Fundamentally, I'm in favor of letting teleiophiles (ordinary folks) figure out the right age of consent. They don't have any apparent vested interest in the outcome and can concentrate without distraction on the best interests of the children -- the right mix of autonomy and protection. For the purposes of this discussion, I am focusing not on prepubescents but those who have started puberty and have a definite interest (in their minds at least) in partner sex. I think adult/young-teen sex should remain illegal, but I've found the arguments aren't as clear as I might have thought.

One surprise is the central place in the debate of this question: What do you think of two willing 13-year-olds having sex?

If you feel that as some absolute moral principle, minors cannot consent to sex, then they can't consent to sex with each other either. So I think you have few couple options. You can find that they are both guilty of a serious crime and do whatever you do with a 13-year-old who is guilty of a serious crime. You could argue that if it's a boy and girl, the boy is more likely to be at fault, based on common patterns about who is more likely to be the initiator. Or you could also feel that each of them is the victim of a crime, but that their partner is too young to be held responsible for committing this crime. Such sex is very common, and very commonly viewed as not a big deal, even when such 13-year-olds become adults and reflect on their past. Holding very common behaviors between willing partners to be seriously criminal should give a person indigestion.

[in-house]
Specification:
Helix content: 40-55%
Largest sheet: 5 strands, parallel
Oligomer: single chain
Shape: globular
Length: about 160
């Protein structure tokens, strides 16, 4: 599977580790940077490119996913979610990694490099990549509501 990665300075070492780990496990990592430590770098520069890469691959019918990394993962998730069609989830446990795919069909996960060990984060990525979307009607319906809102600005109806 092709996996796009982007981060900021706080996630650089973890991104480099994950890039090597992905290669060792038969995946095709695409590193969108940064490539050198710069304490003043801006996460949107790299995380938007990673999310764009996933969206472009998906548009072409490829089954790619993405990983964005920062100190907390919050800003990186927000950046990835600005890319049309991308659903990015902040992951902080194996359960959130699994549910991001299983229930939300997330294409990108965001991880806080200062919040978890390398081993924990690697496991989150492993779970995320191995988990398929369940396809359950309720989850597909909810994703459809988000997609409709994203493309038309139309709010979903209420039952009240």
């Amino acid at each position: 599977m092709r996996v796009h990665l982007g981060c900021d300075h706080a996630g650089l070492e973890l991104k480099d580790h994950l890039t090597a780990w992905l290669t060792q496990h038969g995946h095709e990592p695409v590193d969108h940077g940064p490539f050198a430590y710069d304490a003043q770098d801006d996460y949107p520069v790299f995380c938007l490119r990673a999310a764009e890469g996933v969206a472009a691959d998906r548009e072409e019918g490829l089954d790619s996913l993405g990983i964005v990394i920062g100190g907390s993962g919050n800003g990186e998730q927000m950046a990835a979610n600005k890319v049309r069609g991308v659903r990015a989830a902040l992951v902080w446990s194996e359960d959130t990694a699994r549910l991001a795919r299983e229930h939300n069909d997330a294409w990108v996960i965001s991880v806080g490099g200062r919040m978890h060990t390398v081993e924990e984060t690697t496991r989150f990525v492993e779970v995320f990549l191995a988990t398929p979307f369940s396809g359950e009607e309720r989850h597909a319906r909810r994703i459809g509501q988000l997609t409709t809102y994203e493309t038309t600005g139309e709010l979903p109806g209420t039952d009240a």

I personally just can't see that the state has any business getting involved in such sex between young teens. If we were counseling the young teens, we might feel it is unwise in many cases. But a great many unwise things are not crimes. With that as perspective, the winning argument against legalizing adult-teen sex is simply a social policy decision: We believe that allowing this would lead to much more harm than good. My current guess for an ideal age of consent is 16, with an exception for younger ages if the two parties are within 5 years of each other in age.

A parallel social policy decision is the US prohibition on drinking by anyone under 21. We let 18-year-olds vote, sign contracts, and serve in the military. They surely are not in any profound sense unable to consent to drink alcohol. But the US has enacted the restriction as a matter of social policy. There is no major political opposition based on the principle of not restricting the rights of 18-year-olds. The policy is based on costs and benefits, arising from the claim that a great many drunk-driving deaths were caused by drivers aged 18 to 20. (It might not actually be a good policy for other reasons, but that's a separate question.)

Social policies also allow for exceptions. We don't feel morally outraged if someone as young as 12 has a glass of wine with the family at dinner. Nor do we feel outraged if a 20-year-old gets drunk as long as they don't drive. If someone does drive drunk, they are committing the same crime whether they are 16 or 76. Similarly, if a man of 25 and a willing boy or girl of 14 have sex, we don't need to feel outraged.

If either party in a sexual encounter is unwilling, we do feel outraged and call it rape or assault regardless of age. If the older party used false pretenses or coerced the younger in any way, we might feel that it was most definitely wrong.

The social policy view, minus the moral outrage, also allows for the idea that if the younger party does not come to feel that they have been wronged, there is perhaps no need to prosecute the case.

How you feel about two willing 13-year-olds having sex is a key question to clarifying how you feel about adult-teen sex.

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